Sekari studies law for a more equal future
Raised in the regional Northern Territory town of Katherine, proud Jagalingou and Bandjin woman Sekari Butler discovered a passion for law and advocacy by chance.
After finishing school and travelling Australia extensively, Sekari returned and found employment as a receptionist at North Australian Aboriginal Justice Agency (NAAJA) in the Katherine office. It was here that she was exposed to Australia’s legal system.
“Prior to my time at NAAJA my exposure with the law was minimal," she says. "To gain an internal insight as to how much it disproportionately impacted our First Nations people, opposed to the news reports and other people’s opinions, ignited a spark to assist in creating change."
Sekari’s colleagues made her aware of the Bilata Legal Pathways Program, a partnership approach between NAAJA and Charles Darwin University, designed as a bridging course to encourage greater participation of Aboriginal and Torres Strait Islander people in the study and practice of law.
“I’ve always wanted to go onto further education, but I didn’t know what I wanted to study,” she says.
The pre-law program allowed her to be immersed in the many facets of our legal system, including a mock court held in the Northern Territory Supreme Court that was televised on ABC national news.
By participating in a program like Bilata, Sekari suddenly found her dream career presenting itself to her.
The whole program was/is great. It’s a good pathway into seeing the potential of higher education and where it can take you – how far you can take yourself if given the opportunity.
After completing her assessments and graduating from the pathway program, CDU quickly offered Sekari a placement to study a Bachelor of Laws LLB.
“To say that I was stoked is an understatement. I had discovered a passion that had been lying dormant.”
Diving into uni life and advocacy
“I had no idea what Semester 1 in higher education would look like, especially since high school was a decade ago,” Sekari admits.
The first year of her degree was studied online from Katherine while still working full-time at NAAJA, but she eventually moved to Darwin for the on-campus experience.
“Relocating to Darwin and attending on campus was a great improvement to my university experience, fast-tracking my knowledge retention.”
Sekari made a point of getting involved and harnessing all the support services available to her, particularly as CDU offers support services specifically for First Nations students. After her role as Secretary of the First Nations of Australia Law Student Society was coming to a close, Sekari was made aware of the First Nations Officer role in the CDU Students’ Council.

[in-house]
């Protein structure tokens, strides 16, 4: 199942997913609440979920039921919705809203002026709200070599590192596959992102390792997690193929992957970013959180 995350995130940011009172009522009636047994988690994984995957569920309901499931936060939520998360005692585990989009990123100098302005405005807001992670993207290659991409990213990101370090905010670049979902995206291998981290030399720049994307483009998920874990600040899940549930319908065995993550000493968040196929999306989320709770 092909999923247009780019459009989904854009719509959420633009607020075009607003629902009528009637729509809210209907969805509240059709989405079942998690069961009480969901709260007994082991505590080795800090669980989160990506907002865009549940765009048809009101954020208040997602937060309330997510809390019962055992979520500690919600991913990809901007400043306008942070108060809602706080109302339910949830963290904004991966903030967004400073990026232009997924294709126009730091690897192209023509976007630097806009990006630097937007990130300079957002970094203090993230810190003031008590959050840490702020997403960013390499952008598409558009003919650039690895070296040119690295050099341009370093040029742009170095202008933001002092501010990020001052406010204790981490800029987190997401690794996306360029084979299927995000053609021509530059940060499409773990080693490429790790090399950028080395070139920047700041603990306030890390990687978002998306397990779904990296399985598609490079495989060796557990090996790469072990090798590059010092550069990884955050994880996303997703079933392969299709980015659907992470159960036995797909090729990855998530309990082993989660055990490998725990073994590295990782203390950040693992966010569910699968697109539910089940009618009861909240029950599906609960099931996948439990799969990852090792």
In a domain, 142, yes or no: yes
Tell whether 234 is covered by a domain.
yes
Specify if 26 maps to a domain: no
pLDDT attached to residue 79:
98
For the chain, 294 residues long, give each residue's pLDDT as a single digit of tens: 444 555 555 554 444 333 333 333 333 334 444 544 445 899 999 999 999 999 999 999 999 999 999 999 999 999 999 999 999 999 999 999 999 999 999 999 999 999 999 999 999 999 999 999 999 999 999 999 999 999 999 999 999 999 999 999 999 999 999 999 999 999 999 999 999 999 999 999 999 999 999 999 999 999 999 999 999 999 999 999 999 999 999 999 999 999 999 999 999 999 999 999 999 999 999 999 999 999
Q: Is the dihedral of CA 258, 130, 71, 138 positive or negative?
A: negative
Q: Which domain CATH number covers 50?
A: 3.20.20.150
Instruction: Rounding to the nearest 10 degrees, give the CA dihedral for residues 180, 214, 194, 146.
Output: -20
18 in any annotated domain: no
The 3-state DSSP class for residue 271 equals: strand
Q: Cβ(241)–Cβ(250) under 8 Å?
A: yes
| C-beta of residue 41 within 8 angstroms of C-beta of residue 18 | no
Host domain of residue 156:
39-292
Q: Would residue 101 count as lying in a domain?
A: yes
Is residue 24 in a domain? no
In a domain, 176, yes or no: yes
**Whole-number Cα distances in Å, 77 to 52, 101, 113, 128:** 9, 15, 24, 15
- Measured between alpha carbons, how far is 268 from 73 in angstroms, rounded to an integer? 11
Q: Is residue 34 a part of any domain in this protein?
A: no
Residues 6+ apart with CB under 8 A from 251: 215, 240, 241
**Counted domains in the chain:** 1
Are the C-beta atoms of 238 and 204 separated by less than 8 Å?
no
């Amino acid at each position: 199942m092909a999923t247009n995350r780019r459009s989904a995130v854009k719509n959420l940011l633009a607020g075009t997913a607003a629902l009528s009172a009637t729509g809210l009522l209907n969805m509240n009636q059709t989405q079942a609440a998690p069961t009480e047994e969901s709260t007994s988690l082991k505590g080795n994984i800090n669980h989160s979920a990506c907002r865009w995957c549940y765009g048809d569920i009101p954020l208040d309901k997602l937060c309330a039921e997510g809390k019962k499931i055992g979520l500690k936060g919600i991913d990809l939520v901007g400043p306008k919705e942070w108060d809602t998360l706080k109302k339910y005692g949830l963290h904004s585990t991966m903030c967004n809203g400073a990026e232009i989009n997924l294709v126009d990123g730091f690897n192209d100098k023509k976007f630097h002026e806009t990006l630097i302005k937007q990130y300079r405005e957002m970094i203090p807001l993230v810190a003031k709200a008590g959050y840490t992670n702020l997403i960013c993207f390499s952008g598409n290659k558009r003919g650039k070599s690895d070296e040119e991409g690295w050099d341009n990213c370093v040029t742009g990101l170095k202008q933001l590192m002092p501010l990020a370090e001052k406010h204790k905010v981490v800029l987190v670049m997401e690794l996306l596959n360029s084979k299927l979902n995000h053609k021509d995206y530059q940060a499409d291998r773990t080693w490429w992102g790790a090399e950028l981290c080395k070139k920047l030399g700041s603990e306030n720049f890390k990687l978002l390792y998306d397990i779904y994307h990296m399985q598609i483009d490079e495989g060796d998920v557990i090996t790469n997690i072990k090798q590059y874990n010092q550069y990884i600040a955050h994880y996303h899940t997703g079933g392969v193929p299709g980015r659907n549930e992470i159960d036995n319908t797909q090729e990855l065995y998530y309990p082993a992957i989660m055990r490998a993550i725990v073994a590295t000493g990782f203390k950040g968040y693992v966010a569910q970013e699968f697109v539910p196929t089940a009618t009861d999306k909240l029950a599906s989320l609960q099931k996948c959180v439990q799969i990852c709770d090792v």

“I was encouraged to put myself forward. I have that passion for advocating, for representing, especially when others may find it difficult to speak up for themselves.”
I advocate for CDU’s Indigenous cohort and represent them, being my priority, but my role's capacity isn’t limited to Indigenous students. All of the Students’ Council officers are open to be approached by all students within the university.
As for her law classes, Sekari finds all of the law units interesting and invigorating.
“I’m pretty fond of tax law!”
“CDU also offers courses specially created units in direct relation with the Yolŋu people and Elders of Arnhem Land, such as the Intercultural Mediation Intensive Workshop and Customary Law.”
Sekari offers three pieces of advice to future CDU law students.
Firstly, she highlights the benefits of networking with other professionals in your field of study, especially in a smaller community like Darwin.
“When there are events to network – fit it in your schedule and attend. Even if it’s just half an hour, your face will be remembered the next time you go. Most other professionals are proactive in engaging with students as they enjoy living vicariously through our experiences, often reminiscing and providing advice or perspective, which comes in handy.”
Secondly, offer up your time to volunteer.
“If you have the spare time, volunteering at law firms as a law student is a good way to get your foot in the door and pick up skills you wouldn’t otherwise be exposed to inside university.”
Thirdly, take initiative in exposing yourself to the practical side of law down at court.
“Heading down to the local court and observing the court proceedings and how legal practitioners operate in court proceedings, is very beneficial. The earlier and more consistent you attend, the more beneficial it will be. Don’t delay until your final year to take the initiative.”
To First Nations students considering the pre-law program at CDU, Sekari couldn’t recommend it more.
“It is always better in the end to give it a go and expose yourself to trying something new, rather than always wondering what if,” she says.
The staff at CDU are supportive, don’t be afraid to stick your hand up and say you need help.
A more equal future
While Sekari continues to study she knows she’d like to continue to deliver advocacy for First Nations people experiencing the Australian legal system.
“From my time and experience at NAAJA, it can be difficult for clients attempting to have their story heard, when the listener has not experienced the challenges that the client is experiencing.”
To be able to offer a bridge for that connection is invaluable to First Nations people.
“To have First Nations peoples in the legal profession working with First Nations clients offers a stronger foundation of trust for clients while facing numerous challenges."